Jay DeFeo: A Retrospective

Solo en Inglès

This audio guide features commentary by artist Jay DeFeo, Dana Miller, curator of the permanent collection, Whitney Museum of American Art, Leah Levy, Director, The Jay DeFeo Trust, Corey Keller, associate curator of photography, San Francisco  Museum of Modern Art, Greil Marcus, writer and critic, Ursula Cipa, and Fred Martin, friends of DeFeo.

NARRATOR: In Pend O’Reille, DeFeo focused on one of her well-worn, kneaded erasers. 

LEAH LEVY: She had hundreds of these.

NARRATOR: Leah Levy.

LEAH LEVY: The DeFeo Trust has gallon jars filled with these erasers which she liked, identified somehow as being very special to her and kept. They were her friends in the studio.

LEAH LEVY: At some point, she began photographing them, and it appears that she also began modeling them in a way and sculpting them into small forms that she photographed. These photographs then became models for her drawings, and ultimately for the Pend O’Reille paintings.

DeFeo often thought of her working process as both adding and subtracting, as creating and as destroying, and talked about those as twin activities in making art. The eraser became very crucial in the destroying part. She would take material away from a drawing with the same care that she would add a mark into it, selecting areas very carefully. Specifically eliminating form back to the original page, or in some cases to the protective acrylic she sprayed on the paper so that she wouldn't rip through it when she was erasing.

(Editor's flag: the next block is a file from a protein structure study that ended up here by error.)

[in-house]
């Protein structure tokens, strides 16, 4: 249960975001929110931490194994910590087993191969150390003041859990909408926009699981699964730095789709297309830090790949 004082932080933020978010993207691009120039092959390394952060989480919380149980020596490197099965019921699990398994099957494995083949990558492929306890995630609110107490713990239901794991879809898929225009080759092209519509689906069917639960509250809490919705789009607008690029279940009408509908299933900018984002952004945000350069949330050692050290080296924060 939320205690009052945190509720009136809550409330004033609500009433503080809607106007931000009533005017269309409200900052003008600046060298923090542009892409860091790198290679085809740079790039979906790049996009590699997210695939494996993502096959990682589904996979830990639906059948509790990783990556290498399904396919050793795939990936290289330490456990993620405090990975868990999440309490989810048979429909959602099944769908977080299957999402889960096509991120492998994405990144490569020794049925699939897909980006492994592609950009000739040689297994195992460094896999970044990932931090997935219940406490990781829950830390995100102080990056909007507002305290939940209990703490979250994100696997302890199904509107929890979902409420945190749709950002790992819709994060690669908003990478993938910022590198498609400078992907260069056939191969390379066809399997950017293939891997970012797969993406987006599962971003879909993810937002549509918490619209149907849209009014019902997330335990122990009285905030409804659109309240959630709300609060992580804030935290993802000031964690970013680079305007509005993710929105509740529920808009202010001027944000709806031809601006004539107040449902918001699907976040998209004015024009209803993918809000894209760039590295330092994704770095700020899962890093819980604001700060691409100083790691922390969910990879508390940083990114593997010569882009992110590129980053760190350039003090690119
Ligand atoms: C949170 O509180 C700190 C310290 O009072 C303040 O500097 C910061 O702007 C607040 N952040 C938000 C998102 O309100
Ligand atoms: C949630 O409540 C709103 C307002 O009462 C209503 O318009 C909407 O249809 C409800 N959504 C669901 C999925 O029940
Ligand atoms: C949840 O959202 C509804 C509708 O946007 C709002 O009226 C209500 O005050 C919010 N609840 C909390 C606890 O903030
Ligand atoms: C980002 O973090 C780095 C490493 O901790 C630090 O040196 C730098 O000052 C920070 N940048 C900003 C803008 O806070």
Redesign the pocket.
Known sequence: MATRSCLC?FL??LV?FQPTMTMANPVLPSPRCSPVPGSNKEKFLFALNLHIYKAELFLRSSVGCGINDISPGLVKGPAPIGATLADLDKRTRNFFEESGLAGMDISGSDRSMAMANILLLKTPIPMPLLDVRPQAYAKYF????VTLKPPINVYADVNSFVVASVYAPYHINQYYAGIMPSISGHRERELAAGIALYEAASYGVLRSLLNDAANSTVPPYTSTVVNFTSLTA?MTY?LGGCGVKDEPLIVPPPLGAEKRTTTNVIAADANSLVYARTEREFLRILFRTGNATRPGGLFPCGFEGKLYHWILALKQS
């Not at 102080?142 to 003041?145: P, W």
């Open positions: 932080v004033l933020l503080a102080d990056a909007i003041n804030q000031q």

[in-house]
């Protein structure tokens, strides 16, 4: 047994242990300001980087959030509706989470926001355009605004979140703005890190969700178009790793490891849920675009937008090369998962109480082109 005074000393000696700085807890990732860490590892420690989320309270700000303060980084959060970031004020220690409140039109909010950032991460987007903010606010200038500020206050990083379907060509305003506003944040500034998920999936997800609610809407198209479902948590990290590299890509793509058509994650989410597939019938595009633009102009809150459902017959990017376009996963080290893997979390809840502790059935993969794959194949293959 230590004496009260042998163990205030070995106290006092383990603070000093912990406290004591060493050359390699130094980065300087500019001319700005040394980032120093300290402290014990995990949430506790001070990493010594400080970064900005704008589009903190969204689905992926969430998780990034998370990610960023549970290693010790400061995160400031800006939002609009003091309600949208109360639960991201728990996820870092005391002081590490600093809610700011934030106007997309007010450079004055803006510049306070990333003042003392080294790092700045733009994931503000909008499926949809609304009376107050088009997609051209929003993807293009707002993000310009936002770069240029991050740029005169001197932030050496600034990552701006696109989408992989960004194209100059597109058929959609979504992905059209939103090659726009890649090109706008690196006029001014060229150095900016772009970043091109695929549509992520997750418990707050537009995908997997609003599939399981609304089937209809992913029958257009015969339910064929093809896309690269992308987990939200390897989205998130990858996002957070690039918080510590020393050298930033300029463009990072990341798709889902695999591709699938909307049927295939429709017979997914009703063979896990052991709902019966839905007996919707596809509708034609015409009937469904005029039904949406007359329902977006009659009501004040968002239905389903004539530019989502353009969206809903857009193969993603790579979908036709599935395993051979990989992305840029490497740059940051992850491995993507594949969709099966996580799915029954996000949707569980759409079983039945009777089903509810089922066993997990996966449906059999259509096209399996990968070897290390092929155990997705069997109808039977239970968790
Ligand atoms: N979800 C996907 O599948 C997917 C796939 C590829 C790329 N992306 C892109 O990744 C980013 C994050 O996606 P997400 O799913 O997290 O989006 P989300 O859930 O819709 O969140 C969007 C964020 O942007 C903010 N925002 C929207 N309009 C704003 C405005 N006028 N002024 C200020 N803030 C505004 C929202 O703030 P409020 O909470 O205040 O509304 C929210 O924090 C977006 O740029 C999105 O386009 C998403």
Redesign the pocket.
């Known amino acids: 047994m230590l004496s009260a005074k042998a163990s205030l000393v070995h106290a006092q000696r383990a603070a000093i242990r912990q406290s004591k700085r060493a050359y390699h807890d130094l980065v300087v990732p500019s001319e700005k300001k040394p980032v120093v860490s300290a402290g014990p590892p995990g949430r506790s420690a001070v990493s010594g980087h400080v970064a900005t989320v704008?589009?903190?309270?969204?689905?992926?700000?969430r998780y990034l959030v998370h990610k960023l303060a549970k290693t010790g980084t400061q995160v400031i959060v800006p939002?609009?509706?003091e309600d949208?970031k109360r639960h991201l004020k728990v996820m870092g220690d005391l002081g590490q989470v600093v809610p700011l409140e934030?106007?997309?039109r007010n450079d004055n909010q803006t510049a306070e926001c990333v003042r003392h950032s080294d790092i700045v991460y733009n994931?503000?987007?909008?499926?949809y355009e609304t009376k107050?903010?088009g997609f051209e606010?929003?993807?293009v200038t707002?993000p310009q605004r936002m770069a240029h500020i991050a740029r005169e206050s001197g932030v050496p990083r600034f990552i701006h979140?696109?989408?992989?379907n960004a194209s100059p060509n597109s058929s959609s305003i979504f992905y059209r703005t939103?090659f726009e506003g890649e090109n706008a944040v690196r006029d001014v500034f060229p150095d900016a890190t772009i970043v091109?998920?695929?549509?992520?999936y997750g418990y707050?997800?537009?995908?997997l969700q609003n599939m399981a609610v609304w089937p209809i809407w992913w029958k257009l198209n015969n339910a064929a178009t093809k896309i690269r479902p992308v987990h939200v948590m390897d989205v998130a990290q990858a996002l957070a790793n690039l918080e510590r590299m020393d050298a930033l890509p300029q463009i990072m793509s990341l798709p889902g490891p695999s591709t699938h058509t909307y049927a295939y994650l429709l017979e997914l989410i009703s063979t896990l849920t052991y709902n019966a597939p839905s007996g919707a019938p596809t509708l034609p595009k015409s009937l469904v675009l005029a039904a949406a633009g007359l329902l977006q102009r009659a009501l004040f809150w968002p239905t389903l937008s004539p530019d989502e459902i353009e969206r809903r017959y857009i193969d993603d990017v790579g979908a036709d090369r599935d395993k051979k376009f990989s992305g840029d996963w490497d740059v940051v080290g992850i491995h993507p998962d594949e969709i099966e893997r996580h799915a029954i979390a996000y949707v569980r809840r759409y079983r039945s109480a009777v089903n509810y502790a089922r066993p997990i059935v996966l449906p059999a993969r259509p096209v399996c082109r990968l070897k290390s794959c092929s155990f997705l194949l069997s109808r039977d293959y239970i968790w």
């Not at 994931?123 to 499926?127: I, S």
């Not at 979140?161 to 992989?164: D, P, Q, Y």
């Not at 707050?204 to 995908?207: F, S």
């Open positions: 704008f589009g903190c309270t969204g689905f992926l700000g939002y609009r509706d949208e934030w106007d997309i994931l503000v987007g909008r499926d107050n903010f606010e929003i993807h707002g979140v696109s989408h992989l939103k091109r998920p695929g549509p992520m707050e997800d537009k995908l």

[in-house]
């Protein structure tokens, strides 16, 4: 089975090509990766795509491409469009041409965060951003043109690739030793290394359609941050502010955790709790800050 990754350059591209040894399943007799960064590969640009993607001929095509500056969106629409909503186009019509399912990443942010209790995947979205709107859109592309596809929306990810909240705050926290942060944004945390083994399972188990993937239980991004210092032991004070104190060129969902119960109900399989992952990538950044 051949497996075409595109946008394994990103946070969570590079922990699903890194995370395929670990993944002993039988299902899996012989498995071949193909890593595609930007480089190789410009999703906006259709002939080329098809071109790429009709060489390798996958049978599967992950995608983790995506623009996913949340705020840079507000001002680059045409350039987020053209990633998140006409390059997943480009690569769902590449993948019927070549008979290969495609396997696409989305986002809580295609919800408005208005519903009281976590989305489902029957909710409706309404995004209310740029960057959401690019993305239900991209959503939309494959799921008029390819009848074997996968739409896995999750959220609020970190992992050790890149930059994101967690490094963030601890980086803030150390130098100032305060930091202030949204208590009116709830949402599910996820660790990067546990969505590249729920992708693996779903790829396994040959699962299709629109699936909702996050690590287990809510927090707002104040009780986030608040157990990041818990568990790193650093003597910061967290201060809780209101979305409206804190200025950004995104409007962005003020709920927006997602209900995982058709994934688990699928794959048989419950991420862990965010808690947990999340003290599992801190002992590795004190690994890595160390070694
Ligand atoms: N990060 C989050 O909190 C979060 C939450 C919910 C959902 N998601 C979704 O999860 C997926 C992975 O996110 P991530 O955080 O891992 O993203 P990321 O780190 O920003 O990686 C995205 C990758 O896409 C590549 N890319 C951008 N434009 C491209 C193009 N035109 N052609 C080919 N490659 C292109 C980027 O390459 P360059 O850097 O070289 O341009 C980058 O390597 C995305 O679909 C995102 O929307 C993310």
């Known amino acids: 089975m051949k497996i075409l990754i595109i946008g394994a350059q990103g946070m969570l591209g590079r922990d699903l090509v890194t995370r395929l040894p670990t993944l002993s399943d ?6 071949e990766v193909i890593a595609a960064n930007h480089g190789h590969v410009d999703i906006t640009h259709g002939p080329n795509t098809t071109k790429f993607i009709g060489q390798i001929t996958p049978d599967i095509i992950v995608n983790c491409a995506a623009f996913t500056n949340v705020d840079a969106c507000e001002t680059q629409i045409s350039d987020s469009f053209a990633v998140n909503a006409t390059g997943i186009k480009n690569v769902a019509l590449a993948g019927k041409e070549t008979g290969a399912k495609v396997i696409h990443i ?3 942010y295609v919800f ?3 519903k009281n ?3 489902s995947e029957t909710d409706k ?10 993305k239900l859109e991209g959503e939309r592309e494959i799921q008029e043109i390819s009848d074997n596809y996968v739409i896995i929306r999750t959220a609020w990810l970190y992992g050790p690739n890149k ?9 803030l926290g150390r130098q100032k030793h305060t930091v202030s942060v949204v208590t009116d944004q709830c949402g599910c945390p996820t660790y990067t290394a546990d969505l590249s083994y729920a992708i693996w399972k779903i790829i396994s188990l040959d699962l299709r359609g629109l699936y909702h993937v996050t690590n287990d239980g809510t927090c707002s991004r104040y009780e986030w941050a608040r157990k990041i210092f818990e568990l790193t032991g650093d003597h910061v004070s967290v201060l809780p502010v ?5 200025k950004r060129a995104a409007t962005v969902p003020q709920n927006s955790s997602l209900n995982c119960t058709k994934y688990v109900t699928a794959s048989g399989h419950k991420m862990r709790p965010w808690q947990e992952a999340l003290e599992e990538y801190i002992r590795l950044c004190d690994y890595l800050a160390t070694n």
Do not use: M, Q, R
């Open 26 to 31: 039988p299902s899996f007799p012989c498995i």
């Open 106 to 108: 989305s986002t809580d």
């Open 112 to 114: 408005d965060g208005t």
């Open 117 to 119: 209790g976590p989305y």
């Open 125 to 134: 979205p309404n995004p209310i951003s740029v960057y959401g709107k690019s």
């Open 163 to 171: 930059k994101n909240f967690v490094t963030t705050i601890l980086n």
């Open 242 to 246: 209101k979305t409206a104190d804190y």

NARRATOR: Tap your screen to hear DeFeo’s friend and former student, Ursula Cipa, on her use of materials during these years. 

 

 

 


Details

Jay DeFeo (1929–1989), _Pend O’Reille No. 2_, from the _Eternal Triangle_ series, 1980. Synthetic polymer with collage on Masonite, 48 1/2 x 84 1/2 in. (123.2 x 214.6 cm). The Jay DeFeo Trust, Berkeley, CA and Galerie Eva Presenhuber, Zurich. © 2013 The Jay DeFeo Trust / Artists Rights Society (ARS), New York. Image courtesy The Jay DeFeo Trust, Berkeley, CA. Photograph by Ben Blackwell